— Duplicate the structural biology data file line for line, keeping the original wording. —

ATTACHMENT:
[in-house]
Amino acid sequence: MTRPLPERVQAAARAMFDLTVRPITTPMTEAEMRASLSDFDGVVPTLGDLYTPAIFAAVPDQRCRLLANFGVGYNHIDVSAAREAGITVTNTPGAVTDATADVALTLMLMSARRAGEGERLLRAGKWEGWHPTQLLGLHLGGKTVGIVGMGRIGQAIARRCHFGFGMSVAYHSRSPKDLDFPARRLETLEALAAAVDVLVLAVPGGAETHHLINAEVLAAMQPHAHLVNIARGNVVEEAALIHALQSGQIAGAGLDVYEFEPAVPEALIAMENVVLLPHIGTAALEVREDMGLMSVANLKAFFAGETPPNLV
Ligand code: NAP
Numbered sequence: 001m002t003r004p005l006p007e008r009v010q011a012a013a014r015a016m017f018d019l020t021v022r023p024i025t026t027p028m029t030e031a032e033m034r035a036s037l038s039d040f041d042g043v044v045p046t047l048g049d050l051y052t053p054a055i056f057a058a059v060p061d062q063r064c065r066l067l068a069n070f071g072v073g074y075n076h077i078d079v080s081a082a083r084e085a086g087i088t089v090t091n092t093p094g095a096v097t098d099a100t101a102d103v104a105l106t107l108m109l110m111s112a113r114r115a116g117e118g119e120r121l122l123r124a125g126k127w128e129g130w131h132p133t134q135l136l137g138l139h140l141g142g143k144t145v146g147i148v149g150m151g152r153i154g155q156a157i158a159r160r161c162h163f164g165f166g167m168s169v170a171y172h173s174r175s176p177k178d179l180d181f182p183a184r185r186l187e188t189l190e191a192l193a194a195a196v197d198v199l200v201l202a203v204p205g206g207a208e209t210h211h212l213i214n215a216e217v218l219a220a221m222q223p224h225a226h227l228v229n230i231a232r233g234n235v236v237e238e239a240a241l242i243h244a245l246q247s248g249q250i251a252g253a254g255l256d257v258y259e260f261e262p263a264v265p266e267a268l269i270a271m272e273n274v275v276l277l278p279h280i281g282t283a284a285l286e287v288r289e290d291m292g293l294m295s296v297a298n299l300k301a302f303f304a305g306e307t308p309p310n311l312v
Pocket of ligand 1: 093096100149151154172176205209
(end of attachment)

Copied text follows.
[in-house]
Amino acid sequence: MTRPLPERVQAAARAMFDLTVRPITTPMTEAEMRASLSDFDGVVPTLGDLYTPAIFAAVPDQRCRLLANFGVGYNHIDVSAAREAGITVTNTPGAVTDATADVALTLMLMSARRAGEGERLLRAGKWEGWHPTQLLGLHLGGKTVGIVGMGRIGQAIARRCHFGFGMSVAYHSRSPKDLDFPARRLETLEALAAAVDVLVLAVPGGAETHHLINAEVLAAMQPHAHLVNIARGNVVEEAALIHALQSGQIAGAGLDVYEFEPAVPEALIAMENVVLLPHIGTAALEVREDMGLMSVANLKAFFAGETPPNLV
Ligand code: NAP
Numbered sequence: 001m002t003r004p005l006p007e008r009v010q011a012a013a014r015a016m017f018d019l020t021v022r023p024i025t026t027p028m029t030e031a032e033m034r035a036s037l038s039d040f041d042g043v044v045p046t047l048g049d050l051y052t053p054a055i056f057a058a059v060p061d062q063r064c065r066l067l068a069n070f071g072v073g074y075n076h077i078d079v080s081a082a083r084e085a086g087i088t089v090t091n092t093p094g095a096v097t098d099a100t101a102d103v104a105l106t107l108m109l110m111s112a113r114r115a116g117e118g119e120r121l122l123r124a125g126k127w128e129g130w131h132p133t134q135l136l137g138l139h140l141g142g143k144t145v146g147i148v149g150m151g152r153i154g155q156a157i158a159r160r161c162h163f164g165f166g167m168s169v170a171y172h173s174r175s176p177k178d179l180d181f182p183a184r185r186l187e188t189l190e191a192l193a194a195a196v197d198v199l200v201l202a203v204p205g206g207a208e209t210h211h212l213i214n215a216e217v218l219a220a221m222q223p224h225a226h227l228v229n230i231a232r233g234n235v236v237e238e239a240a241l242i243h244a245l246q247s248g249q250i251a252g253a254g255l256d257v258y259e260f261e262p263a264v265p266e267a268l269i270a271m272e273n274v275v276l277l278p279h280i281g282t283a284a285l286e287v288r289e290d291m292g293l294m295s296v297a298n299l300k301a302f303f304a305g306e307t308p309p310n311l312v
Pocket of ligand 1: 093096100149151154172176205209